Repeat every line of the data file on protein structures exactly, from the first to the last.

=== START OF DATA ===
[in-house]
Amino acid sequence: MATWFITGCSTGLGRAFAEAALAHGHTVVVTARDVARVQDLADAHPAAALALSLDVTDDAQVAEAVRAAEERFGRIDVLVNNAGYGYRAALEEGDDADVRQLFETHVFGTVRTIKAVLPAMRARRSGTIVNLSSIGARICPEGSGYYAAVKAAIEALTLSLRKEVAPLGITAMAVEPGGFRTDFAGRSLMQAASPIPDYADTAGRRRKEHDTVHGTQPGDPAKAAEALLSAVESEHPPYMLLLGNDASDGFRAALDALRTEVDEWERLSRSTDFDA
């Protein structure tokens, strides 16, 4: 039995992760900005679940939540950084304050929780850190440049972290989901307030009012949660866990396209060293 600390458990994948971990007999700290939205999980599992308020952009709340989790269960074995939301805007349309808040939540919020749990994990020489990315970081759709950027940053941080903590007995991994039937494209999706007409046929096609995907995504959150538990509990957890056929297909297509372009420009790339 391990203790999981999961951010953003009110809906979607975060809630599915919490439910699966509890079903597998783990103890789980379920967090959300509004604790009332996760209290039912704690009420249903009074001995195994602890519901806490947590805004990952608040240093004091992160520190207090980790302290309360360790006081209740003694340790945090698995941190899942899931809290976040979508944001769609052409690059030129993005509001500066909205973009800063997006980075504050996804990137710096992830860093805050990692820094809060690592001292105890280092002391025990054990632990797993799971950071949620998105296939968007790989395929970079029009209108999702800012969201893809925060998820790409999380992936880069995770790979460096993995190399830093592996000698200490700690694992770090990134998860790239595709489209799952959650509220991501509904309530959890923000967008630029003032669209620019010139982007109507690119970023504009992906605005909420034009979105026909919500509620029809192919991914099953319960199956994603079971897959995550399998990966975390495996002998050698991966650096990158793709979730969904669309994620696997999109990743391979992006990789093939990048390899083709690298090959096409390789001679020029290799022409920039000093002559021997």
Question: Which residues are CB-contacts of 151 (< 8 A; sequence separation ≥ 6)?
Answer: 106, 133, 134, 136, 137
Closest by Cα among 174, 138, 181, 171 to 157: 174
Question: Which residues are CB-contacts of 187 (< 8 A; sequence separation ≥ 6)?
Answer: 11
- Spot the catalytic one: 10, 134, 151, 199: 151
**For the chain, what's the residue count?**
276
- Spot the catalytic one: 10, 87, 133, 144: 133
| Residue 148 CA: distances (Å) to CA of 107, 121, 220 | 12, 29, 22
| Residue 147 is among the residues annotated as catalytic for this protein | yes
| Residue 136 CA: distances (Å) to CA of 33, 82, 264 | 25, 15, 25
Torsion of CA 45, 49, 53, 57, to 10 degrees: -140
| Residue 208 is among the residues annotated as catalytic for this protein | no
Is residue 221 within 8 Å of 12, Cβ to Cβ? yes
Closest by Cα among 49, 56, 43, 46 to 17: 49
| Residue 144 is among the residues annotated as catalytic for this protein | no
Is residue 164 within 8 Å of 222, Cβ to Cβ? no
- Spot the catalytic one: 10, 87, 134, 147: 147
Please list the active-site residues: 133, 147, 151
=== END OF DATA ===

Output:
[in-house]
Amino acid sequence: MATWFITGCSTGLGRAFAEAALAHGHTVVVTARDVARVQDLADAHPAAALALSLDVTDDAQVAEAVRAAEERFGRIDVLVNNAGYGYRAALEEGDDADVRQLFETHVFGTVRTIKAVLPAMRARRSGTIVNLSSIGARICPEGSGYYAAVKAAIEALTLSLRKEVAPLGITAMAVEPGGFRTDFAGRSLMQAASPIPDYADTAGRRRKEHDTVHGTQPGDPAKAAEALLSAVESEHPPYMLLLGNDASDGFRAALDALRTEVDEWERLSRSTDFDA
């Protein structure tokens, strides 16, 4: 039995992760900005679940939540950084304050929780850190440049972290989901307030009012949660866990396209060293 600390458990994948971990007999700290939205999980599992308020952009709340989790269960074995939301805007349309808040939540919020749990994990020489990315970081759709950027940053941080903590007995991994039937494209999706007409046929096609995907995504959150538990509990957890056929297909297509372009420009790339 391990203790999981999961951010953003009110809906979607975060809630599915919490439910699966509890079903597998783990103890789980379920967090959300509004604790009332996760209290039912704690009420249903009074001995195994602890519901806490947590805004990952608040240093004091992160520190207090980790302290309360360790006081209740003694340790945090698995941190899942899931809290976040979508944001769609052409690059030129993005509001500066909205973009800063997006980075504050996804990137710096992830860093805050990692820094809060690592001292105890280092002391025990054990632990797993799971950071949620998105296939968007790989395929970079029009209108999702800012969201893809925060998820790409999380992936880069995770790979460096993995190399830093592996000698200490700690694992770090990134998860790239595709489209799952959650509220991501509904309530959890923000967008630029003032669209620019010139982007109507690119970023504009992906605005909420034009979105026909919500509620029809192919991914099953319960199956994603079971897959995550399998990966975390495996002998050698991966650096990158793709979730969904669309994620696997999109990743391979992006990789093939990048390899083709690298090959096409390789001679020029290799022409920039000093002559021997």
Question: Which residues are CB-contacts of 151 (< 8 A; sequence separation ≥ 6)?
Answer: 106, 133, 134, 136, 137
Closest by Cα among 174, 138, 181, 171 to 157: 174
Question: Which residues are CB-contacts of 187 (< 8 A; sequence separation ≥ 6)?
Answer: 11
- Spot the catalytic one: 10, 134, 151, 199: 151
**For the chain, what's the residue count?**
276
- Spot the catalytic one: 10, 87, 133, 144: 133
| Residue 148 CA: distances (Å) to CA of 107, 121, 220 | 12, 29, 22
| Residue 147 is among the residues annotated as catalytic for this protein | yes
| Residue 136 CA: distances (Å) to CA of 33, 82, 264 | 25, 15, 25
Torsion of CA 45, 49, 53, 57, to 10 degrees: -140
| Residue 208 is among the residues annotated as catalytic for this protein | no
Is residue 221 within 8 Å of 12, Cβ to Cβ? yes
Closest by Cα among 49, 56, 43, 46 to 17: 49
| Residue 144 is among the residues annotated as catalytic for this protein | no
Is residue 164 within 8 Å of 222, Cβ to Cβ? no
- Spot the catalytic one: 10, 87, 134, 147: 147
Please list the active-site residues: 133, 147, 151